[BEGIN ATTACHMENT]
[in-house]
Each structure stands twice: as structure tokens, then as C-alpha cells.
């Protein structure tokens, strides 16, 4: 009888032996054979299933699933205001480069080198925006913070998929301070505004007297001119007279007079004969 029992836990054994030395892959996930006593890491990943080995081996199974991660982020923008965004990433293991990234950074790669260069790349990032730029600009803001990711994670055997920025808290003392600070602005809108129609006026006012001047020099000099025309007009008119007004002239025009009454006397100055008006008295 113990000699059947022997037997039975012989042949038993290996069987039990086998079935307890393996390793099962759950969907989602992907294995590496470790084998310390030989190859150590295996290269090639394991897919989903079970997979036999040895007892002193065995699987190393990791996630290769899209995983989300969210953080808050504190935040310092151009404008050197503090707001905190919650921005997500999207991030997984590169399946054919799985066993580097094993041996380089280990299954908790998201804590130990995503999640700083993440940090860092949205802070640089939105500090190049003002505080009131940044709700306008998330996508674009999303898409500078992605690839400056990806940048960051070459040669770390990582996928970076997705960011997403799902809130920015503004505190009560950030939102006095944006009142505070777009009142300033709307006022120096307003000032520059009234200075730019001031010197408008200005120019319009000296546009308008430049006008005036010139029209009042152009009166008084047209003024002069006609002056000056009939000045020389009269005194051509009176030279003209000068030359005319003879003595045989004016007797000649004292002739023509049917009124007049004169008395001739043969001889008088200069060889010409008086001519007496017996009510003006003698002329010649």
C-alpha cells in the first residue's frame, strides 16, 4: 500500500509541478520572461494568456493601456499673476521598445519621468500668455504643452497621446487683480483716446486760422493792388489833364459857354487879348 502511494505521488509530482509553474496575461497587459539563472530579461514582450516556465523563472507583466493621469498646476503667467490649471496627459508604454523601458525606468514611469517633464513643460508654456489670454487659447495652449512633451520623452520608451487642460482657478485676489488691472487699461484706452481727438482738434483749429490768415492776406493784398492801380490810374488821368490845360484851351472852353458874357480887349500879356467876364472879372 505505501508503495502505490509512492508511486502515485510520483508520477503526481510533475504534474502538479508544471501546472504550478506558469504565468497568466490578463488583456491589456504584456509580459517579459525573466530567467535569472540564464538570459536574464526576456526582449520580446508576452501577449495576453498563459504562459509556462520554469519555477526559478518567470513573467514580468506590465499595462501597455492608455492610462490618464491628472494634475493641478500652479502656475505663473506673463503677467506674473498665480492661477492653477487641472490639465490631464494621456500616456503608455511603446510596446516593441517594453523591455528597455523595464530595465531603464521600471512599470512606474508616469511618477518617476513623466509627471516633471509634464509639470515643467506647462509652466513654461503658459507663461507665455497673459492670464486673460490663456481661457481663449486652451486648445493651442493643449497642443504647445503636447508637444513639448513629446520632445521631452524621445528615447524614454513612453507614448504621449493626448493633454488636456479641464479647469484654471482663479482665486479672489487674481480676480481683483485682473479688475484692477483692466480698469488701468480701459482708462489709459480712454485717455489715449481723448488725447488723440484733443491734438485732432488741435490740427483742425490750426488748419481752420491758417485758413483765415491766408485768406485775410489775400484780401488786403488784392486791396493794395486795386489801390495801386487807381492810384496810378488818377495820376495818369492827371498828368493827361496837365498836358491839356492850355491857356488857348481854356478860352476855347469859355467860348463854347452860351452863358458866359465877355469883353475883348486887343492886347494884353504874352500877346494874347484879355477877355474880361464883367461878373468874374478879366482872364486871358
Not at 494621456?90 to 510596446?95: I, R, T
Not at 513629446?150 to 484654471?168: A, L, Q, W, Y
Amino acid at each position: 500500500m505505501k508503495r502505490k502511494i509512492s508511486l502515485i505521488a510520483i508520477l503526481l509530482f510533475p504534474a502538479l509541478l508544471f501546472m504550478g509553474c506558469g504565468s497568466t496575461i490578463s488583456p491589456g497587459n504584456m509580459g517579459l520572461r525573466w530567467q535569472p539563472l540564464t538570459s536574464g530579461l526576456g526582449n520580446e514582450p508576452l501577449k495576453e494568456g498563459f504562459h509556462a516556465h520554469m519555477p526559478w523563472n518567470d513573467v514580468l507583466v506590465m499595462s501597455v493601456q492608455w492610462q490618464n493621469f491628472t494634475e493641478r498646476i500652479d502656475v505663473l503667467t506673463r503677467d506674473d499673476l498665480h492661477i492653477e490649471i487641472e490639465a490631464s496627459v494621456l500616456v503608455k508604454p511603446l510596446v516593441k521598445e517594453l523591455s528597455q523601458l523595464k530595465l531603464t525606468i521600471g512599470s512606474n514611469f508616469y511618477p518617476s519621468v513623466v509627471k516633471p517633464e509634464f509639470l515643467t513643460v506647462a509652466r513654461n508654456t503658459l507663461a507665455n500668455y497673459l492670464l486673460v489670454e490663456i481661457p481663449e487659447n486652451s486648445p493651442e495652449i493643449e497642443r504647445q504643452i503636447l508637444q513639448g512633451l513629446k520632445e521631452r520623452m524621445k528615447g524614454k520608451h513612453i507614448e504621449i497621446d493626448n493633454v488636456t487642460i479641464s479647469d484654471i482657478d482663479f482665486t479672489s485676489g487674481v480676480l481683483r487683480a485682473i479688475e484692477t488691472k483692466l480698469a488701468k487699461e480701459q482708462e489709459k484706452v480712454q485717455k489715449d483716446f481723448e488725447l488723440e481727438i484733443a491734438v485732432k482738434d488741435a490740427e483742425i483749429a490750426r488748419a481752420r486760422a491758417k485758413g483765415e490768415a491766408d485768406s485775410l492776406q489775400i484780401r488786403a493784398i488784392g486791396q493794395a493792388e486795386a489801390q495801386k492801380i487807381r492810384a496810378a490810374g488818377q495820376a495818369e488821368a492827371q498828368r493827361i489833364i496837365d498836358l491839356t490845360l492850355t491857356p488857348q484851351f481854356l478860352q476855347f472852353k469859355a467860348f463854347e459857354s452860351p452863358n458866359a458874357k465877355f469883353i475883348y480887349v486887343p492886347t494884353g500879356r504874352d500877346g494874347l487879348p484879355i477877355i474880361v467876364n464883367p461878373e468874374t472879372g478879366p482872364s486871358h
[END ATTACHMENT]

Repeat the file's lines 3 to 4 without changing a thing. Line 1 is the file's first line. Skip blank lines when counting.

């Protein structure tokens, strides 16, 4: 009888032996054979299933699933205001480069080198925006913070998929301070505004007297001119007279007079004969 029992836990054994030395892959996930006593890491990943080995081996199974991660982020923008965004990433293991990234950074790669260069790349990032730029600009803001990711994670055997920025808290003392600070602005809108129609006026006012001047020099000099025309007009008119007004002239025009009454006397100055008006008295 113990000699059947022997037997039975012989042949038993290996069987039990086998079935307890393996390793099962759950969907989602992907294995590496470790084998310390030989190859150590295996290269090639394991897919989903079970997979036999040895007892002193065995699987190393990791996630290769899209995983989300969210953080808050504190935040310092151009404008050197503090707001905190919650921005997500999207991030997984590169399946054919799985066993580097094993041996380089280990299954908790998201804590130990995503999640700083993440940090860092949205802070640089939105500090190049003002505080009131940044709700306008998330996508674009999303898409500078992605690839400056990806940048960051070459040669770390990582996928970076997705960011997403799902809130920015503004505190009560950030939102006095944006009142505070777009009142300033709307006022120096307003000032520059009234200075730019001031010197408008200005120019319009000296546009308008430049006008005036010139029209009042152009009166008084047209003024002069006609002056000056009939000045020389009269005194051509009176030279003209000068030359005319003879003595045989004016007797000649004292002739023509049917009124007049004169008395001739043969001889008088200069060889010409008086001519007496017996009510003006003698002329010649």
C-alpha cells in the first residue's frame, strides 16, 4: 500500500509541478520572461494568456493601456499673476521598445519621468500668455504643452497621446487683480483716446486760422493792388489833364459857354487879348 502511494505521488509530482509553474496575461497587459539563472530579461514582450516556465523563472507583466493621469498646476503667467490649471496627459508604454523601458525606468514611469517633464513643460508654456489670454487659447495652449512633451520623452520608451487642460482657478485676489488691472487699461484706452481727438482738434483749429490768415492776406493784398492801380490810374488821368490845360484851351472852353458874357480887349500879356467876364472879372 505505501508503495502505490509512492508511486502515485510520483508520477503526481510533475504534474502538479508544471501546472504550478506558469504565468497568466490578463488583456491589456504584456509580459517579459525573466530567467535569472540564464538570459536574464526576456526582449520580446508576452501577449495576453498563459504562459509556462520554469519555477526559478518567470513573467514580468506590465499595462501597455492608455492610462490618464491628472494634475493641478500652479502656475505663473506673463503677467506674473498665480492661477492653477487641472490639465490631464494621456500616456503608455511603446510596446516593441517594453523591455528597455523595464530595465531603464521600471512599470512606474508616469511618477518617476513623466509627471516633471509634464509639470515643467506647462509652466513654461503658459507663461507665455497673459492670464486673460490663456481661457481663449486652451486648445493651442493643449497642443504647445503636447508637444513639448513629446520632445521631452524621445528615447524614454513612453507614448504621449493626448493633454488636456479641464479647469484654471482663479482665486479672489487674481480676480481683483485682473479688475484692477483692466480698469488701468480701459482708462489709459480712454485717455489715449481723448488725447488723440484733443491734438485732432488741435490740427483742425490750426488748419481752420491758417485758413483765415491766408485768406485775410489775400484780401488786403488784392486791396493794395486795386489801390495801386487807381492810384496810378488818377495820376495818369492827371498828368493827361496837365498836358491839356492850355491857356488857348481854356478860352476855347469859355467860348463854347452860351452863358458866359465877355469883353475883348486887343492886347494884353504874352500877346494874347484879355477877355474880361464883367461878373468874374478879366482872364486871358